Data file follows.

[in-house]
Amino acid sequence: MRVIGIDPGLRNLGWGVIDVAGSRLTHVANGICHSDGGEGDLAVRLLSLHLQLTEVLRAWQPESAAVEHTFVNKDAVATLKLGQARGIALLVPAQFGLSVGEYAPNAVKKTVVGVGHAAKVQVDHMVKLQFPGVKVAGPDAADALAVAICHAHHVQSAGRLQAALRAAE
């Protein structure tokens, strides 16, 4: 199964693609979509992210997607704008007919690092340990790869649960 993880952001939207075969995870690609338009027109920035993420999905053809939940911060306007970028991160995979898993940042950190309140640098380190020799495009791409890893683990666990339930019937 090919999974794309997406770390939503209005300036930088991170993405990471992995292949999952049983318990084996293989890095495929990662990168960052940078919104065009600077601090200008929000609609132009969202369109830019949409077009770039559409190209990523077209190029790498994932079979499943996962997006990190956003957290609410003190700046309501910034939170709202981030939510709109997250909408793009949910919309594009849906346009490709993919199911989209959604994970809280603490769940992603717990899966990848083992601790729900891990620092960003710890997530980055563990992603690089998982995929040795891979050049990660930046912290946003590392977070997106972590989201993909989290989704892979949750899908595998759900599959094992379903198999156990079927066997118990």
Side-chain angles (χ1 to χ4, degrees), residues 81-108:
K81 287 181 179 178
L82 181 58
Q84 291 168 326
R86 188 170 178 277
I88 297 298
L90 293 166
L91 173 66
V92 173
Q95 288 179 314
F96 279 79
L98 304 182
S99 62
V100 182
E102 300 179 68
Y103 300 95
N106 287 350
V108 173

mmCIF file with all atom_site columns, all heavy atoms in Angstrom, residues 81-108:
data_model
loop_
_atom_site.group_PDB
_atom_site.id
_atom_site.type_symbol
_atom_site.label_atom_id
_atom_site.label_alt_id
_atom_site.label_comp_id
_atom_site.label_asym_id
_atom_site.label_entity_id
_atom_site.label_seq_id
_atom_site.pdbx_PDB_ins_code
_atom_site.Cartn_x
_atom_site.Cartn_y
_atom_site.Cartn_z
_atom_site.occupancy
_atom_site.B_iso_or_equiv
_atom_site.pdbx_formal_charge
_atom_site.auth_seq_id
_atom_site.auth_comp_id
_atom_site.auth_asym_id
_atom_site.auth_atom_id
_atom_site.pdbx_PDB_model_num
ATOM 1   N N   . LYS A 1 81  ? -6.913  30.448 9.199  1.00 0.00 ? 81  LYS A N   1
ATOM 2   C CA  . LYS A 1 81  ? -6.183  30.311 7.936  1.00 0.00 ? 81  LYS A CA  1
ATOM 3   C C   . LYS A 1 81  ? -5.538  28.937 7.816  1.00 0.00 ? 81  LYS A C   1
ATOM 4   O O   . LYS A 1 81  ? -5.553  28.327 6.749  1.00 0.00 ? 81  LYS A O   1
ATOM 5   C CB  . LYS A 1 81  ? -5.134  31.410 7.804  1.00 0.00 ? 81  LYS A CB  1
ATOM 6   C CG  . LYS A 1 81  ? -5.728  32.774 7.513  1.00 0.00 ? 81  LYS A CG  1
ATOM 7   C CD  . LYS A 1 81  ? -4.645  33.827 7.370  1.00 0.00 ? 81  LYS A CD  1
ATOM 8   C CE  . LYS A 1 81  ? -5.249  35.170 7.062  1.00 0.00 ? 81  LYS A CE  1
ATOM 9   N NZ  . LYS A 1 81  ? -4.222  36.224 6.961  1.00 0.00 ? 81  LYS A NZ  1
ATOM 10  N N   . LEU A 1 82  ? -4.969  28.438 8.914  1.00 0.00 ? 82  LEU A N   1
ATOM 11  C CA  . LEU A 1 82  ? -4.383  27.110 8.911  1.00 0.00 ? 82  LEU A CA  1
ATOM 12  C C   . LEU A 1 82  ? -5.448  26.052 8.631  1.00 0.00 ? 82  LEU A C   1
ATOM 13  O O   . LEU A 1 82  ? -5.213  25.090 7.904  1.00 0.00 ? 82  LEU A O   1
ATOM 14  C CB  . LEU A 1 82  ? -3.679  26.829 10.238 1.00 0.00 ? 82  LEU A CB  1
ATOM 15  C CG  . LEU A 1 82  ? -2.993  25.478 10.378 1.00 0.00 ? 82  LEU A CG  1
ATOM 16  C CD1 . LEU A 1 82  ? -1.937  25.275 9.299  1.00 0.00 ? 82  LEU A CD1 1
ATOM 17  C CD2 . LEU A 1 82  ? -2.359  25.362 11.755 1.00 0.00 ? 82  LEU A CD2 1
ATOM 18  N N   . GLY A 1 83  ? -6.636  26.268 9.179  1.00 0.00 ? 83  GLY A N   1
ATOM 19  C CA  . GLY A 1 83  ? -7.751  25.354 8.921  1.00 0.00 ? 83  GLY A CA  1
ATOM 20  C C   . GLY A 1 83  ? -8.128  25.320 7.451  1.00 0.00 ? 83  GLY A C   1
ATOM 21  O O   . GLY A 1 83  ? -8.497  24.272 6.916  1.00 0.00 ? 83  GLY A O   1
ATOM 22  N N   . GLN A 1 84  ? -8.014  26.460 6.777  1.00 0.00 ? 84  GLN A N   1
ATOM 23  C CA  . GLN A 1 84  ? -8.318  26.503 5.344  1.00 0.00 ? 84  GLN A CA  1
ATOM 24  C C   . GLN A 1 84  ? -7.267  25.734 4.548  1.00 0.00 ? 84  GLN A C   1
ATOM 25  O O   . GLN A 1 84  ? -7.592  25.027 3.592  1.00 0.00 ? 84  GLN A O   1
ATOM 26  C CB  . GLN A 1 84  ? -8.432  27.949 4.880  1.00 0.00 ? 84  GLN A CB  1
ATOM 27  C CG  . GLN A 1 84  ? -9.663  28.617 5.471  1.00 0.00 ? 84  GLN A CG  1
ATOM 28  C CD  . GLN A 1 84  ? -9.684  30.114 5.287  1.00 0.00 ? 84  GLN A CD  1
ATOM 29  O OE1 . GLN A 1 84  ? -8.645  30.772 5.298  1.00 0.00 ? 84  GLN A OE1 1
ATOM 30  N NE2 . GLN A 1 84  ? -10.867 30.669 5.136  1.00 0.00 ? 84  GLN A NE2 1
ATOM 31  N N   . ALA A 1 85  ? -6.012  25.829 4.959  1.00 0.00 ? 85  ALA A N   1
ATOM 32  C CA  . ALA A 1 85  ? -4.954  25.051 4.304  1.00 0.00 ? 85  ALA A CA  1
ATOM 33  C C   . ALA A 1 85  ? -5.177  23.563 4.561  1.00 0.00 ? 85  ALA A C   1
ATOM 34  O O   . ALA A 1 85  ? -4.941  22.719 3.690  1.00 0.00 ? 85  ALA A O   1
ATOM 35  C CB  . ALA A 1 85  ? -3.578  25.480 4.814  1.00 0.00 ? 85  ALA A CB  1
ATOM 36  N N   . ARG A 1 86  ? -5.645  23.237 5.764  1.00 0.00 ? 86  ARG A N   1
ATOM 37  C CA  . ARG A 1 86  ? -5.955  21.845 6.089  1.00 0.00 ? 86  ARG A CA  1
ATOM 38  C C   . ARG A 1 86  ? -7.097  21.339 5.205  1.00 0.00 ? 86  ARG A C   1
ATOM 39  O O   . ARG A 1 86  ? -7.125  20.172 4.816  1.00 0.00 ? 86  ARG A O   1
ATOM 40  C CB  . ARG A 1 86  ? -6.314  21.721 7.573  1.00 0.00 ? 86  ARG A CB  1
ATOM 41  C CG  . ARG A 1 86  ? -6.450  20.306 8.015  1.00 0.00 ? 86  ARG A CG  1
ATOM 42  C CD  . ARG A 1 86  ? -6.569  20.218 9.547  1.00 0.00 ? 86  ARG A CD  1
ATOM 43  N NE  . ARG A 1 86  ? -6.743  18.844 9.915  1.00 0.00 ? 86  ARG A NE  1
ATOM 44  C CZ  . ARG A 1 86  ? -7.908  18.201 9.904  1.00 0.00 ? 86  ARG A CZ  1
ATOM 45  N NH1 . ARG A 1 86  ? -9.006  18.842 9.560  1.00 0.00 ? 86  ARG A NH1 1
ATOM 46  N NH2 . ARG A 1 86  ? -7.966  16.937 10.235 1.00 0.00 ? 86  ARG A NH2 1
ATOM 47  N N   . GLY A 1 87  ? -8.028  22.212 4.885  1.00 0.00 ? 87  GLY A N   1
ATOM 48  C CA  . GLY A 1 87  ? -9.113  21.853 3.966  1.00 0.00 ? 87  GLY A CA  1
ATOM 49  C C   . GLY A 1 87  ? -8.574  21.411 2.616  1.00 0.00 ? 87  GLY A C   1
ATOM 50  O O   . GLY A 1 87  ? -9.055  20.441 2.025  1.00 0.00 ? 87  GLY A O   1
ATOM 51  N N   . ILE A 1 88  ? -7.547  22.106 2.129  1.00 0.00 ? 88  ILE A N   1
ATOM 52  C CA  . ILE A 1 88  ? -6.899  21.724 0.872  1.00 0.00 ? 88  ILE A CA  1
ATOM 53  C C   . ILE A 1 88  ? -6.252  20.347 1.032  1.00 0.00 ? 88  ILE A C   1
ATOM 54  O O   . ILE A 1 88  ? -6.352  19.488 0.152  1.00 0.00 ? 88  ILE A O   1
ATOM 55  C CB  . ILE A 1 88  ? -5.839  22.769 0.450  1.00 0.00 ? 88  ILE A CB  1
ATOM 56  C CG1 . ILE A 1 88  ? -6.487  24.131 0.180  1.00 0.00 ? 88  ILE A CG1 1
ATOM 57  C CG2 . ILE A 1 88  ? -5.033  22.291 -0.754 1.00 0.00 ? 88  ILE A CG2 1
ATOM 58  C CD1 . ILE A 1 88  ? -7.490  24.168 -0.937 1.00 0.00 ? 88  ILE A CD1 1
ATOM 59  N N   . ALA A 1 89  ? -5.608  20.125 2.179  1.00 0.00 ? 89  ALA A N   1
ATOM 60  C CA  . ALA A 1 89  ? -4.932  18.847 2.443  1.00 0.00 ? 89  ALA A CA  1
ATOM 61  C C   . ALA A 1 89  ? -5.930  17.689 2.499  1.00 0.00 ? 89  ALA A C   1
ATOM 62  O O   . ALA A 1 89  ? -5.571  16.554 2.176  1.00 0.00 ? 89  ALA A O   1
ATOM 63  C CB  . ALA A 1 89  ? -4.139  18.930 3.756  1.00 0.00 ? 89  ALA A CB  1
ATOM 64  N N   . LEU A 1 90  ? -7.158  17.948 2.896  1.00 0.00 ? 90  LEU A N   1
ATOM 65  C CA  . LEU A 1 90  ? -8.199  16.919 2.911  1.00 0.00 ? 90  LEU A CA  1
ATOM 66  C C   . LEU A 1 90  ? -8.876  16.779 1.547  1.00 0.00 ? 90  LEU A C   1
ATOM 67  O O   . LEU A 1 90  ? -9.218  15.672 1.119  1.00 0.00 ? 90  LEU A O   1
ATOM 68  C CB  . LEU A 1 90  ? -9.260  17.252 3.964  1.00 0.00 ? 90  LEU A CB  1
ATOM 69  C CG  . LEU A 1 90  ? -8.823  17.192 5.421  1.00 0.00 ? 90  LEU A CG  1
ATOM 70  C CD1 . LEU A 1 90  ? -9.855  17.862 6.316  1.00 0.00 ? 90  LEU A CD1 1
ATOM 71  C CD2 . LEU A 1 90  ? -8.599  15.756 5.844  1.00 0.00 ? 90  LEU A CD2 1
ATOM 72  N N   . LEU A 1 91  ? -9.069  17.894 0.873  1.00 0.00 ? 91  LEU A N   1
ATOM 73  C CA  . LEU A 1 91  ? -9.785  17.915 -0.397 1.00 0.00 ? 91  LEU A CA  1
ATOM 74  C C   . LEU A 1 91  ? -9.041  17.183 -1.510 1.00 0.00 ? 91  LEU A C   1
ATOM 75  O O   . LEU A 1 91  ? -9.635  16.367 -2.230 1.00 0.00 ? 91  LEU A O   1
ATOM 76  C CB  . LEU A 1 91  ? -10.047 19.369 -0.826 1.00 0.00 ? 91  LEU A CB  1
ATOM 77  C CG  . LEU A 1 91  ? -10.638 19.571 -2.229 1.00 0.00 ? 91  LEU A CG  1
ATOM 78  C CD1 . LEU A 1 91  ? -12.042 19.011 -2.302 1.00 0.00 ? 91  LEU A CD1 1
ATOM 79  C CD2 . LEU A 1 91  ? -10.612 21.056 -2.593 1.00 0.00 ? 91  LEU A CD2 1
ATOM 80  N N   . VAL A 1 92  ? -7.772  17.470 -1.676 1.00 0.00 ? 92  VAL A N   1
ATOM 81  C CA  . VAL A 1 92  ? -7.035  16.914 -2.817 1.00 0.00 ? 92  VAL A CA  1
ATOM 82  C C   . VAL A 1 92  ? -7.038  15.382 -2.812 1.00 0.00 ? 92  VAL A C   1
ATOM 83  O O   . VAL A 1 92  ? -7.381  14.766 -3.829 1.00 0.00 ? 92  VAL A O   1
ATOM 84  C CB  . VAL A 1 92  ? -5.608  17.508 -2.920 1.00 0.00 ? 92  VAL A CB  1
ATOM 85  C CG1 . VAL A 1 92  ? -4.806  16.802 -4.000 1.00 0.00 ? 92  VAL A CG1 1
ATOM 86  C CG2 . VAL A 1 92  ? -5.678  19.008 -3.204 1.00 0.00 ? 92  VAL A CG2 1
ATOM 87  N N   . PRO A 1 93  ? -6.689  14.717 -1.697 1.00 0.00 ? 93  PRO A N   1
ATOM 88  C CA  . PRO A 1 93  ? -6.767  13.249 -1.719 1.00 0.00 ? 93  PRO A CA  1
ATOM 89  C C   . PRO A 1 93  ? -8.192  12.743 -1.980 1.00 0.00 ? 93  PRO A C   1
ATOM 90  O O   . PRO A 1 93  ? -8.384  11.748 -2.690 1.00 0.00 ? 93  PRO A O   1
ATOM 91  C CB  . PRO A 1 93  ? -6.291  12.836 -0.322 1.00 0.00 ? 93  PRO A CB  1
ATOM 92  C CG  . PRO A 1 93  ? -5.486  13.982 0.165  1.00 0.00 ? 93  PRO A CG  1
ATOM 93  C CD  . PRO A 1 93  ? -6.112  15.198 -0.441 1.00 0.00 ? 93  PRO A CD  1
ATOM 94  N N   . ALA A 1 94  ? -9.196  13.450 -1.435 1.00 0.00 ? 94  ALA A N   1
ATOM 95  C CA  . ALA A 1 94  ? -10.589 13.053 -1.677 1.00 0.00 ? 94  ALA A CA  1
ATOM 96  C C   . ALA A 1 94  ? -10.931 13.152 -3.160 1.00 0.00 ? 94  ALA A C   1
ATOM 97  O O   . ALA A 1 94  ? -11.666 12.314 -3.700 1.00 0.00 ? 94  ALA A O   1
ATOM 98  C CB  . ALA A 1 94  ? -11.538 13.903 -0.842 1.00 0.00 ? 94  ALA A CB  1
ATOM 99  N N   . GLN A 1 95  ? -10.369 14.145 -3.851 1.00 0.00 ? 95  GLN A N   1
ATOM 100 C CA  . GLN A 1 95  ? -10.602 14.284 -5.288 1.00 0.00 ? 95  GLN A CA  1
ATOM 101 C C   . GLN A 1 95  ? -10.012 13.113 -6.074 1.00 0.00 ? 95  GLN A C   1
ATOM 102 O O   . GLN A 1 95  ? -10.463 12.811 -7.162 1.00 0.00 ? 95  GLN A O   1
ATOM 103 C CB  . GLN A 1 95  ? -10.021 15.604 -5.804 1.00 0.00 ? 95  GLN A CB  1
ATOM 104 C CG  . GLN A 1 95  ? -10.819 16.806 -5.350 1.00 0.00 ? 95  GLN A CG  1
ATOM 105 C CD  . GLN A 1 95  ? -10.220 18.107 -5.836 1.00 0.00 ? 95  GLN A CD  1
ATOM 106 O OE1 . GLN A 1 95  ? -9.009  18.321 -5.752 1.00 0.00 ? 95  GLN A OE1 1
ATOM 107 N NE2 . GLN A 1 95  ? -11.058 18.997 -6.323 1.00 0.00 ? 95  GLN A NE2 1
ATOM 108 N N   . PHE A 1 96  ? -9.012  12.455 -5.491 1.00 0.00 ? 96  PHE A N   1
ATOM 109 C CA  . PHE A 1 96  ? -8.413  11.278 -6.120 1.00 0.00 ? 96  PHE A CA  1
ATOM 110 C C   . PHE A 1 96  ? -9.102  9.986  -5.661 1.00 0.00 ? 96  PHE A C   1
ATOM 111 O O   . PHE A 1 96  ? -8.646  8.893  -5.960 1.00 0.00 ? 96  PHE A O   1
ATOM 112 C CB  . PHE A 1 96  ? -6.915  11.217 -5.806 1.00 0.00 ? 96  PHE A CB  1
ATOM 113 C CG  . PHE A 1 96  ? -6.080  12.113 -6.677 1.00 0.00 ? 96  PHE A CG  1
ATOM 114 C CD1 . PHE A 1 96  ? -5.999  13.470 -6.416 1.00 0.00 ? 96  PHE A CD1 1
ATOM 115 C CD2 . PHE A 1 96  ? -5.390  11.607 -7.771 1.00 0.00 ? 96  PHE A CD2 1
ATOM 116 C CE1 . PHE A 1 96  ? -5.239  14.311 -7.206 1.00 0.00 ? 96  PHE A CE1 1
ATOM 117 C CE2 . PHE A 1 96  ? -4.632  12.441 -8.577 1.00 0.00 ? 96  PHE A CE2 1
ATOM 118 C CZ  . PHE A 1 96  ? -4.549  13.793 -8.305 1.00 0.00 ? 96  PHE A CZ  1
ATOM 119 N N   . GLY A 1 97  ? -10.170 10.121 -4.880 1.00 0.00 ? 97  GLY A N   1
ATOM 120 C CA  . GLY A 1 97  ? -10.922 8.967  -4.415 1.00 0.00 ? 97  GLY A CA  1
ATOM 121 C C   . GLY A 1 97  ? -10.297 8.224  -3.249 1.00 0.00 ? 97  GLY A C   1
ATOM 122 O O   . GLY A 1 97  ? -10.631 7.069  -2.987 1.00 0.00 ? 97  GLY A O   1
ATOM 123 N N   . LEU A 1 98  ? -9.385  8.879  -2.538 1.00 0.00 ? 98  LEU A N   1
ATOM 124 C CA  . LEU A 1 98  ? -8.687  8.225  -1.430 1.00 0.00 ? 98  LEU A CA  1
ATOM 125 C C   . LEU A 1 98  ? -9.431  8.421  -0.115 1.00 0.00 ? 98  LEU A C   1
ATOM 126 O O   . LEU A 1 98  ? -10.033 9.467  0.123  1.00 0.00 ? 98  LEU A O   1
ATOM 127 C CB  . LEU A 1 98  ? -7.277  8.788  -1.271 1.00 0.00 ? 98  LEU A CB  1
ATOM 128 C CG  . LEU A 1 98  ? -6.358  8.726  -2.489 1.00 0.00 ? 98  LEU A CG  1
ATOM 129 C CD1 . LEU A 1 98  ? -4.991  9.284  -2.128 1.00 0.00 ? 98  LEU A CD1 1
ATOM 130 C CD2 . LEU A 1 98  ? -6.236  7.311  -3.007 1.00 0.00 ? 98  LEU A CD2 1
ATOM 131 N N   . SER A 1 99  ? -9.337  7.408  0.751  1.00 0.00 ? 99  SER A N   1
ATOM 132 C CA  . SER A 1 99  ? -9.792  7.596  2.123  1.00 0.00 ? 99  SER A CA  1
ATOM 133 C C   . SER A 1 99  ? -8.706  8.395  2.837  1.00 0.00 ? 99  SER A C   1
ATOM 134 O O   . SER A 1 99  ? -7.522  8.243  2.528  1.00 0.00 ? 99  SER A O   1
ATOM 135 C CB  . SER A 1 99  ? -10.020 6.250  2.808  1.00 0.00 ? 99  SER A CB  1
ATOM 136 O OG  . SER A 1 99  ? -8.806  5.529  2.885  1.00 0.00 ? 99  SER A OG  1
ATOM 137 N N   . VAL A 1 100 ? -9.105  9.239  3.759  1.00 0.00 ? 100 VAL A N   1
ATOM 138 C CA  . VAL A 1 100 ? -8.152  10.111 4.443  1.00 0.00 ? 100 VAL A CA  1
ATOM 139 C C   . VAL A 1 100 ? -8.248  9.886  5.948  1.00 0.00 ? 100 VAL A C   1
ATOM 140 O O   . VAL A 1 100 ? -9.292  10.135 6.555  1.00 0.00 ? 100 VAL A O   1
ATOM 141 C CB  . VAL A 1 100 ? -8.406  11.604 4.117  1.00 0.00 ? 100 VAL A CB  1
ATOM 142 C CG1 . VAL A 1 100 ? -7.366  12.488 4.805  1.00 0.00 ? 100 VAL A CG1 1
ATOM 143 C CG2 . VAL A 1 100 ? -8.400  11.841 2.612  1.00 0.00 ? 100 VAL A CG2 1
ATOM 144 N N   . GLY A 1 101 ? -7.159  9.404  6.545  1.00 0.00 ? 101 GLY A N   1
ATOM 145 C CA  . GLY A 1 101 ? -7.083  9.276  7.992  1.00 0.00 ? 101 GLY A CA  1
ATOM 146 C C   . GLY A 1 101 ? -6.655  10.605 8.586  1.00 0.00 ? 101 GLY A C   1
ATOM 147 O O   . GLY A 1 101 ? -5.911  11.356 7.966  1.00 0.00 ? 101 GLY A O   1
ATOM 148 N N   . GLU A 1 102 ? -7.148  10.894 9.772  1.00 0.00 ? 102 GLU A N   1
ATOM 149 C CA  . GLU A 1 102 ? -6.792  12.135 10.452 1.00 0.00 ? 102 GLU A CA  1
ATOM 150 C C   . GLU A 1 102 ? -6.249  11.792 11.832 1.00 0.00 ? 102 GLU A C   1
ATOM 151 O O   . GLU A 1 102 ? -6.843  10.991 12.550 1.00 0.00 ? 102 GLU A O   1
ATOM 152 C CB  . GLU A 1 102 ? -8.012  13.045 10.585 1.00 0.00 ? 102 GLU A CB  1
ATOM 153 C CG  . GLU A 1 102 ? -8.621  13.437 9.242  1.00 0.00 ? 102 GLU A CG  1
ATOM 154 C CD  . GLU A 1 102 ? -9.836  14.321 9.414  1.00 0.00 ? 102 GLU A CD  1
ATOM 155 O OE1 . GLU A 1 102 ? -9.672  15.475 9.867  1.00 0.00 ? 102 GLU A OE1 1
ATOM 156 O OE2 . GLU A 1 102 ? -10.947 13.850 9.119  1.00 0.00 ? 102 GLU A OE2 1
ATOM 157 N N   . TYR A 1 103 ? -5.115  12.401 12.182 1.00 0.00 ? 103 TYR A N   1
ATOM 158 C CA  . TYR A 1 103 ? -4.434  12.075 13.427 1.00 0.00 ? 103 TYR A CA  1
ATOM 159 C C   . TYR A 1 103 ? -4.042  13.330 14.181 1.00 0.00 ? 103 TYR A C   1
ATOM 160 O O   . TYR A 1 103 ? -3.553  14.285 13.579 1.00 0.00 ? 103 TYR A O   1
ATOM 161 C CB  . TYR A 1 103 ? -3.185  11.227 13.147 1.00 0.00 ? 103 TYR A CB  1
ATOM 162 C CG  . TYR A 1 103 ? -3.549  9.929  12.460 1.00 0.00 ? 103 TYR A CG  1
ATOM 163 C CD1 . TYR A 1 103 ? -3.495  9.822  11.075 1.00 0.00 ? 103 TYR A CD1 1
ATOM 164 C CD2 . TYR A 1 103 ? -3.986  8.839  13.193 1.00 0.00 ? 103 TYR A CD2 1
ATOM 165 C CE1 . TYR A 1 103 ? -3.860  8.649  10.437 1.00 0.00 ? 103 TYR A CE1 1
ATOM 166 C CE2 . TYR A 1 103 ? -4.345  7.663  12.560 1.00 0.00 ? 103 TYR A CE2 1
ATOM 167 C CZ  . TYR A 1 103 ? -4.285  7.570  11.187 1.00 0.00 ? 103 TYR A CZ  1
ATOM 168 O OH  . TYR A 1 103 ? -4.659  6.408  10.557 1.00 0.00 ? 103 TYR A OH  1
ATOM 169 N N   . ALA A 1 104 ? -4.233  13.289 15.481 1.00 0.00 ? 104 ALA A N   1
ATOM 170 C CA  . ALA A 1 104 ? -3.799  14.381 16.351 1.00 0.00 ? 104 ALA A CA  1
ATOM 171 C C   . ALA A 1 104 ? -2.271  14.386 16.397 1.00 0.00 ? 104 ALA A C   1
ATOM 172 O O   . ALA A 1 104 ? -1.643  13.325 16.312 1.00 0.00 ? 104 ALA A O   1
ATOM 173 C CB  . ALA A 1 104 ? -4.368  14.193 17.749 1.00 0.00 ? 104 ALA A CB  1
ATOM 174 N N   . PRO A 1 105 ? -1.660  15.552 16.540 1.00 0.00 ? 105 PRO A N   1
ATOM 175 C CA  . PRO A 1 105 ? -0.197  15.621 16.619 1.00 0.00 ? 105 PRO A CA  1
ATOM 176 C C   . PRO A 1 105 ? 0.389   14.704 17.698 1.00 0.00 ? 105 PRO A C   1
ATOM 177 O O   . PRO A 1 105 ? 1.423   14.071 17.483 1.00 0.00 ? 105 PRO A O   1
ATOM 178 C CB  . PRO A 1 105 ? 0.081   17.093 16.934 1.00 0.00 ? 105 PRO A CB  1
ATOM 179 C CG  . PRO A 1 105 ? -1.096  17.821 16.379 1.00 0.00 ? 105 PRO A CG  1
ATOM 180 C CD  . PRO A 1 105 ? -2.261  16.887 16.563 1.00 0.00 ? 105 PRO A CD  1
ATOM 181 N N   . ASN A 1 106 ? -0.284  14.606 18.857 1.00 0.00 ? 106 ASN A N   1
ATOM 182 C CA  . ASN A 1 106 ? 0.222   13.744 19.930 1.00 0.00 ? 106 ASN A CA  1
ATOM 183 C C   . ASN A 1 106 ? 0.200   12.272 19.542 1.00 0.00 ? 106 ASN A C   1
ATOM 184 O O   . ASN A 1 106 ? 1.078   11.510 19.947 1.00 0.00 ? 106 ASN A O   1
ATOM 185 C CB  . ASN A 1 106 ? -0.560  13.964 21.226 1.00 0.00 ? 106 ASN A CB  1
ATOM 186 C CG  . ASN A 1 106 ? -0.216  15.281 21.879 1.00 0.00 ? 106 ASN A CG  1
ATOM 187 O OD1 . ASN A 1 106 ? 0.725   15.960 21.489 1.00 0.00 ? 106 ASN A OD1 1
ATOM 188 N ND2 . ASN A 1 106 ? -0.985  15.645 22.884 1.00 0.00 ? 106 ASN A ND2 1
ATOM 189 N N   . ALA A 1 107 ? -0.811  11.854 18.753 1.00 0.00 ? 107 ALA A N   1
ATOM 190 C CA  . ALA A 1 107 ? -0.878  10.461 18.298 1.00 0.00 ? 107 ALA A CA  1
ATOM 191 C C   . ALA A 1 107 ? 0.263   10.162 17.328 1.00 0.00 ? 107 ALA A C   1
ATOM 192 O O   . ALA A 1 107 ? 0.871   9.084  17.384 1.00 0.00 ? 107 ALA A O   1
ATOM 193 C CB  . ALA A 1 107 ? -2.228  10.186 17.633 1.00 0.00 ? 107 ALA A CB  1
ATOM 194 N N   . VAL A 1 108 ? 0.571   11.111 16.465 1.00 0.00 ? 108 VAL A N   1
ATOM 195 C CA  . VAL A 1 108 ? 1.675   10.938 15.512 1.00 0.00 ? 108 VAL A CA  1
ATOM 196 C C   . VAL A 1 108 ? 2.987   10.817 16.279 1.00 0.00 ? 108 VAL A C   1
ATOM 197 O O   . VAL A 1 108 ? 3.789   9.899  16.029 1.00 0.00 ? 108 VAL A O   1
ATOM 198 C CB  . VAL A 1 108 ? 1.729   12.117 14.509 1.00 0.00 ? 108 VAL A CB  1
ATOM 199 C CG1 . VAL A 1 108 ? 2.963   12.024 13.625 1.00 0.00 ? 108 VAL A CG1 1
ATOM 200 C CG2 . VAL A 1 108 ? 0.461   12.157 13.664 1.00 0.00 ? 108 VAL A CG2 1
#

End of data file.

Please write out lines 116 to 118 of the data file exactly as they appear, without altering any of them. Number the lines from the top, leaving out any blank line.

ATOM 71  C CD2 . LEU A 1 90  ? -8.599  15.756 5.844  1.00 0.00 ? 90  LEU A CD2 1
ATOM 72  N N   . LEU A 1 91  ? -9.069  17.894 0.873  1.00 0.00 ? 91  LEU A N   1
ATOM 73  C CA  . LEU A 1 91  ? -9.785  17.915 -0.397 1.00 0.00 ? 91  LEU A CA  1